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Motivation and Emotion

, Volume 42, Issue 5, pp 615–637 | Cite as

The development and validation of an implicit measure of competence need satisfaction

  • Jolene van der Kaap-Deeder
  • Jan De Houwer
  • Sean Hughes
  • Adriaan Spruyt
  • Maarten Vansteenkiste
Original Paper

Abstract

Research on self-determination theory has typically relied on explicit measures when examining the concept of competence need satisfaction. As a result, we know relatively little about competence need satisfaction that arises under conditions of automaticity. Across four studies, we developed and validated implicit measures of competence need satisfaction by drawing on two tasks: a relational variant of the implicit association test (IAT; Study 1, 3, and 4) and the implicit relational assessment procedure (IRAP; Study 2–3). Results across these studies revealed that both implicit measures were either unrelated or moderately related to their explicit counterpart. They were also unrelated to one another. Unlike the IRAP, the IAT was found to be reliable, to display discriminant validity, and to yield meaningful but modest relations with constructs in a nomological network. Together, these results provide modest support for the usefulness of the competence need satisfaction IAT but not of the competence need satisfaction IRAP as an implicit measure of the need for competence. Future research examining the unique predictive value of this IAT is needed, together with research on possible explanations for the low reliability of the IRAP.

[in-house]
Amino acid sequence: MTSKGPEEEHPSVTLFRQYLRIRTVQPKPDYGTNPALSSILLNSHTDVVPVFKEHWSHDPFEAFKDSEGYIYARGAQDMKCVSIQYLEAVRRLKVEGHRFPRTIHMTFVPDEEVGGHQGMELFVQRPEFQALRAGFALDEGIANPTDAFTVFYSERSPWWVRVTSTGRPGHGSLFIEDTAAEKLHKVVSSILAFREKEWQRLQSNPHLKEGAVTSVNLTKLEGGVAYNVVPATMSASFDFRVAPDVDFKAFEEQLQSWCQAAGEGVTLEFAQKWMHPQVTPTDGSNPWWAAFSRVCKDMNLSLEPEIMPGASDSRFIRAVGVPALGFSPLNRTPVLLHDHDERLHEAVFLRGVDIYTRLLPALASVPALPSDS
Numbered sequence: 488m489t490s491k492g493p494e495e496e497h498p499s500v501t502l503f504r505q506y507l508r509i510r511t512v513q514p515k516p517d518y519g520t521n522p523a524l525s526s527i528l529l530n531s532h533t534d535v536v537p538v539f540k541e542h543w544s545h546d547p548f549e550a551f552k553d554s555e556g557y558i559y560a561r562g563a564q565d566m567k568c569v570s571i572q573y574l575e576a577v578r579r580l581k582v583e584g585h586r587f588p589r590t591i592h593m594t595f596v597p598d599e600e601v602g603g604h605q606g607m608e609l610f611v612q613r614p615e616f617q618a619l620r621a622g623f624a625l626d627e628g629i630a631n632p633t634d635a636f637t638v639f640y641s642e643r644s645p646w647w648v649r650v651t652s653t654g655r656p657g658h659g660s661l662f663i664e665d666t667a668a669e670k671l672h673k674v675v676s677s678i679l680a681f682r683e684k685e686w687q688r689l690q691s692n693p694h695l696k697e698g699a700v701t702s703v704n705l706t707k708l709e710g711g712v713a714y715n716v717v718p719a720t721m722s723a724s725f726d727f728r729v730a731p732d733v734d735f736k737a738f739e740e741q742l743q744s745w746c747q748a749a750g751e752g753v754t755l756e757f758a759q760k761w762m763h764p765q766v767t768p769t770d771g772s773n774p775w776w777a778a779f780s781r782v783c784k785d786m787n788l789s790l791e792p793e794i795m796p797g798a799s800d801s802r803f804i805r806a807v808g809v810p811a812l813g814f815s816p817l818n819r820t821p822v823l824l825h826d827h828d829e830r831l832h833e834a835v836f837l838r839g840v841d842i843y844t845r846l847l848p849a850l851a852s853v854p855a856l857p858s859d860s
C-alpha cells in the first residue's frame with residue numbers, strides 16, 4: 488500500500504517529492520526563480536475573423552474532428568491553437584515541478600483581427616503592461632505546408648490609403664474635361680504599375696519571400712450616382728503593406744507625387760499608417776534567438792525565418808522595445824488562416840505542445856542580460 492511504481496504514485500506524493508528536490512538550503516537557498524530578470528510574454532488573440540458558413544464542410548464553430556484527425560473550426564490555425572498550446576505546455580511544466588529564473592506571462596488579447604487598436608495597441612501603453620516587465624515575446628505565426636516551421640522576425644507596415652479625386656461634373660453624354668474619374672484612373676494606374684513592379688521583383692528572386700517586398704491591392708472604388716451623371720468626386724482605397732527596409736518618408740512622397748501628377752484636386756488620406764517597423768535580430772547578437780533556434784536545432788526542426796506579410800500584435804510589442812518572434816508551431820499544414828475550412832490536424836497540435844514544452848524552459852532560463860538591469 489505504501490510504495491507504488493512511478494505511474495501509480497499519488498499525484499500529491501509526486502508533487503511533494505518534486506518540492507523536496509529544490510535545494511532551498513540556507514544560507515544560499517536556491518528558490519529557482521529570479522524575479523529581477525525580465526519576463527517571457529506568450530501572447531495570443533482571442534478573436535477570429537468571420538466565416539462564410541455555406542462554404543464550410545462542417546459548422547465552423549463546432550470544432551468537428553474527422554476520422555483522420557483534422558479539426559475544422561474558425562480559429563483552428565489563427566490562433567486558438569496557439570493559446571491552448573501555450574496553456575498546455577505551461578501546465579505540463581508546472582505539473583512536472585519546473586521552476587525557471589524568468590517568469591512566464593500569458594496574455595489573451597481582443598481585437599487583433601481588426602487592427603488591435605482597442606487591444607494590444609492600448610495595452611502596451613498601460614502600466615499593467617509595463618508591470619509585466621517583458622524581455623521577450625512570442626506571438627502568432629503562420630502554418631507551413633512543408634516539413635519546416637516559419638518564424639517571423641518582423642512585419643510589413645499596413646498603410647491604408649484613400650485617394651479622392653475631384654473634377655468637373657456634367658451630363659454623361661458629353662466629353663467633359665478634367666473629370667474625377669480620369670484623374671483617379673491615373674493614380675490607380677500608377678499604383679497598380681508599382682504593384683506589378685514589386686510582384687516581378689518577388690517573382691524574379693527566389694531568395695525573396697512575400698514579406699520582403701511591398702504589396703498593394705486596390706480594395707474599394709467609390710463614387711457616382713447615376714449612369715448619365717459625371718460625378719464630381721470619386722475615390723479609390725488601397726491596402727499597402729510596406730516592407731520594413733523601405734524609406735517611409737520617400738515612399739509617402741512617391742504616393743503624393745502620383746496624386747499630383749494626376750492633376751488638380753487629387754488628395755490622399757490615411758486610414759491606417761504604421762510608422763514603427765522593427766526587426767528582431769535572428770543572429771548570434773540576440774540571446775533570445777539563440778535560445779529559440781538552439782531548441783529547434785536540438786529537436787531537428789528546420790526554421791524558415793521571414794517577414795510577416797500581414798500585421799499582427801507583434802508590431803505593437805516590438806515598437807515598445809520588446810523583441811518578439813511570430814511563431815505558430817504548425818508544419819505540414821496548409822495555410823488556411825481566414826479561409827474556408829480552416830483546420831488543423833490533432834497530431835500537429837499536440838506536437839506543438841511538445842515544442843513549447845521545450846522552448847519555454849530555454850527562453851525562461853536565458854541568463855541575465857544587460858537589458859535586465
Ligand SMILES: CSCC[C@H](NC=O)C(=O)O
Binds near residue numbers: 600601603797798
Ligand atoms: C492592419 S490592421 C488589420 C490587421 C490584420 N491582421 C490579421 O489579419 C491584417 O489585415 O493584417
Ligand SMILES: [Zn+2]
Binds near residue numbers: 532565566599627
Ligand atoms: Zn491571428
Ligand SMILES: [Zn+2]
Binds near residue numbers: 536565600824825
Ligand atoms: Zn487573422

Keywords

Competence Implicit association test Implicit relational assessment procedure Self-determination theory Implicit 

Notes

Acknowledgements

Preparation of this paper was supported by Grant 12X5818N of the Research Foundation—Flanders and Methusalem Grant BOF16/MET_V/002 of Ghent University.

Compliance with ethical standards

Conflict of interest

All authors declare that they have no conflict of interest.

Ethical approval

All procedures performed in studies involving human participants were in accordance with the ethical standards of the institutional and/or national research committee and with the 1964 Helsinki declaration and its later amendments or comparable ethical standards.

Informed consent

Informed consent was obtained from all individual participants included in the study.

Research involving human and animal rights

This article does not contain any studies with animals performed by any of the authors.

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Authors and Affiliations

  1. 1.Department of Developmental, Social, and Personality Psychology, Faculty of PsychologyGhent UniversityGhentBelgium
  2. 2.Department of Experimental Clinical and Health PsychologyGhent UniversityGhentBelgium

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